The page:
Computeruser.com
Latest News

Experience counts most

A top recruiter says get experience first, certification later. Already have a certification? Don’t expect it to raise you above an entry-level IT job. 5/7/01 Experience counts most A top IT recruiter says get experience first, certification later. If you’ve already got a certification, don’t expect it to raise you above an entry-level IT job.

Dear Molly: A few months ago I passed my CCNA exam with 93 percent, but am having a hard time getting a job. Could you please guide me or provide me with some leads that might help me in the right direction?

Molly says: I don’t know anyone you could approach for a job–if that’s what you mean by providing you with some leads. I can make some suggestions as to what you should try next.

My first thought is that you probably don’t have enough networking experience to suit the employers you are pursuing. I was talking to one of the top guys at one of the world’s largest IT recruiting firms this week, and he told me point-blank that someone just starting out in the IT world should skip the certification until he or she has at least six months of experience working in the field. Yes, you can get a job after you get the certification, he said, but it will be the same job you could have gotten six months prior without the certification.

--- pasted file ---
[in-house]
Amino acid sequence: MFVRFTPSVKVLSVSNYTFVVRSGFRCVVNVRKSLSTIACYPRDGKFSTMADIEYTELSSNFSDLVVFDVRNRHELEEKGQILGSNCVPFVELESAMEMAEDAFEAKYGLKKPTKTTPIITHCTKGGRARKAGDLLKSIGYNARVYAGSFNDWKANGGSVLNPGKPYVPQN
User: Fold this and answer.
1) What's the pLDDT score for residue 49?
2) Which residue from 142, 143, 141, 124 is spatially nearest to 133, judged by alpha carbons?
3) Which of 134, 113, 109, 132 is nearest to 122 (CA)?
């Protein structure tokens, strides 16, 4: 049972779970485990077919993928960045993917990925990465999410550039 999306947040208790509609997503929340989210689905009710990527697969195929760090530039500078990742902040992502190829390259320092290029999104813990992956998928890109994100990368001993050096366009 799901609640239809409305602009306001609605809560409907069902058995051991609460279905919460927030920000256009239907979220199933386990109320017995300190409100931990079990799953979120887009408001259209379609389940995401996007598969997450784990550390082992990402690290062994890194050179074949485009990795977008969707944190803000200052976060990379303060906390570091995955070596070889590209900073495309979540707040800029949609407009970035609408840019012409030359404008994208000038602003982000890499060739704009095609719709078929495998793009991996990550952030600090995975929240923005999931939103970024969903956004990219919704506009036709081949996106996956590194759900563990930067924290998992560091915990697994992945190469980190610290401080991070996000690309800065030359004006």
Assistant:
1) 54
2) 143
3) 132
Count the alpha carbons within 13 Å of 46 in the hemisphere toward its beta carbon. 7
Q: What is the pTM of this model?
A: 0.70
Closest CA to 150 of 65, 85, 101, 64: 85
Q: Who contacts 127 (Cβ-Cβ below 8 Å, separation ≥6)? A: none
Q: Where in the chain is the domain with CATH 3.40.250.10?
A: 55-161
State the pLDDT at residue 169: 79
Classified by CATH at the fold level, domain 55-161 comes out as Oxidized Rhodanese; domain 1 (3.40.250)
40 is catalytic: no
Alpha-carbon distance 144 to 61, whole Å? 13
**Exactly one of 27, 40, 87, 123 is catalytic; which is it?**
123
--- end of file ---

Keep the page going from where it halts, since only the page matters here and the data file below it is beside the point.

So, I pass his sage advice to anyone wanting to start a career in computer networking: Swallow your pride and find a job that lets you work in a small- to medium-size company alongside one IT manager who will take you under his or her wing and mentor you. Forget about the network administrator jobs and do anything IT-related (known as “scut work” to those of you who were in the military) for at least a year. Volunteer for every kind of job, no matter how trivial, so you can get a broad range of experience. Then, get certified or take your certification and look for another, higher paying job.

I would add to that the absolute necessity for you to start meeting other people in the IT industry who work in your area. If there is a computer club in the area, go join. If there are (human) networking events in your area, participate in those. Most people get a job because they know somebody, not because they answer an ad in the paper.

Molly Joss also writes the monthly Career Advisor column for ComputerUser magazine. Ask a career-related question at [email protected]

Leave a comment

seks shop - izolasyon
basic theory test book basic theory test